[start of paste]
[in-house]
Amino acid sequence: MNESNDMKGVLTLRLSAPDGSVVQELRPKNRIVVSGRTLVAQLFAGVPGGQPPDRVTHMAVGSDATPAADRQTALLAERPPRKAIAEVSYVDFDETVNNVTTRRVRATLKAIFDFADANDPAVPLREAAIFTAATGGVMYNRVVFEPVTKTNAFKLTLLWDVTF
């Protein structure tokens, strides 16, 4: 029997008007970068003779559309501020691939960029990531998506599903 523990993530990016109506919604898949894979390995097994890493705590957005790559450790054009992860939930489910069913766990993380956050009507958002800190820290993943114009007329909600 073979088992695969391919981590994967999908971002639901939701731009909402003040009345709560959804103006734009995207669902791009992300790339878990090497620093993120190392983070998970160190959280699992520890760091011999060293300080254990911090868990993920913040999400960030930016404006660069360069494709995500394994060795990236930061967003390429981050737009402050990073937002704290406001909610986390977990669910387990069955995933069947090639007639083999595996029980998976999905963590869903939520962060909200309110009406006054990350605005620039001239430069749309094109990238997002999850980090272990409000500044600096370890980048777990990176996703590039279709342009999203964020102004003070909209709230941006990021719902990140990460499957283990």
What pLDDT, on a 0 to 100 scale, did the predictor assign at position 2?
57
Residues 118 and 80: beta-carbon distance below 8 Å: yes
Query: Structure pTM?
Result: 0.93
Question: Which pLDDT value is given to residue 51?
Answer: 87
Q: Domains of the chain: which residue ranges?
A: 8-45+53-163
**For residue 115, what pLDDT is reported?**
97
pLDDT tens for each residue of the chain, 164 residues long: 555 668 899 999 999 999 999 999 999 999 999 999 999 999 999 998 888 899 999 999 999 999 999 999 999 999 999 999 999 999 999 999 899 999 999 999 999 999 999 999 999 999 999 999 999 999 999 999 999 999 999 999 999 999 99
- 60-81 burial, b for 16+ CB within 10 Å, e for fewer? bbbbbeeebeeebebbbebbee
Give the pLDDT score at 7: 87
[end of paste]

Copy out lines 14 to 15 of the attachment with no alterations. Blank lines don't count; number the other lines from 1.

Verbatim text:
97
pLDDT tens for each residue of the chain, 164 residues long: 555 668 899 999 999 999 999 999 999 999 999 999 999 999 999 998 888 899 999 999 999 999 999 999 999 999 999 999 999 999 999 999 899 999 999 999 999 999 999 999 999 999 999 999 999 999 999 999 999 999 999 999 999 999 99